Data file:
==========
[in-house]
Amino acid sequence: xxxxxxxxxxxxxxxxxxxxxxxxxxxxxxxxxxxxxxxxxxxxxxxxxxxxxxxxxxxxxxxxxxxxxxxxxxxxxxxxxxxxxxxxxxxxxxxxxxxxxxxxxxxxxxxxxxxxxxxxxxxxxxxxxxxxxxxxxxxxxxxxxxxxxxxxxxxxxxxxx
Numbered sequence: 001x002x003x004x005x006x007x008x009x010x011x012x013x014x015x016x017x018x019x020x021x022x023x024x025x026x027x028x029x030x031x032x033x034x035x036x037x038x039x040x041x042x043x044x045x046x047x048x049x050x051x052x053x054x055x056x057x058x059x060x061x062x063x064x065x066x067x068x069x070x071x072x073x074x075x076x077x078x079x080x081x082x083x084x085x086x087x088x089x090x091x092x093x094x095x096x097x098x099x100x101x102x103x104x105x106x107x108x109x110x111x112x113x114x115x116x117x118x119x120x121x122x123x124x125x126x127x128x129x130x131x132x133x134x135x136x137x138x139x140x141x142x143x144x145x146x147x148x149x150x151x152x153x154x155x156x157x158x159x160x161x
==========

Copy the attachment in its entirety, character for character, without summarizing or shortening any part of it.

[in-house]
Amino acid sequence: xxxxxxxxxxxxxxxxxxxxxxxxxxxxxxxxxxxxxxxxxxxxxxxxxxxxxxxxxxxxxxxxxxxxxxxxxxxxxxxxxxxxxxxxxxxxxxxxxxxxxxxxxxxxxxxxxxxxxxxxxxxxxxxxxxxxxxxxxxxxxxxxxxxxxxxxxxxxxxxxx
Numbered sequence: 001x002x003x004x005x006x007x008x009x010x011x012x013x014x015x016x017x018x019x020x021x022x023x024x025x026x027x028x029x030x031x032x033x034x035x036x037x038x039x040x041x042x043x044x045x046x047x048x049x050x051x052x053x054x055x056x057x058x059x060x061x062x063x064x065x066x067x068x069x070x071x072x073x074x075x076x077x078x079x080x081x082x083x084x085x086x087x088x089x090x091x092x093x094x095x096x097x098x099x100x101x102x103x104x105x106x107x108x109x110x111x112x113x114x115x116x117x118x119x120x121x122x123x124x125x126x127x128x129x130x131x132x133x134x135x136x137x138x139x140x141x142x143x144x145x146x147x148x149x150x151x152x153x154x155x156x157x158x159x160x161x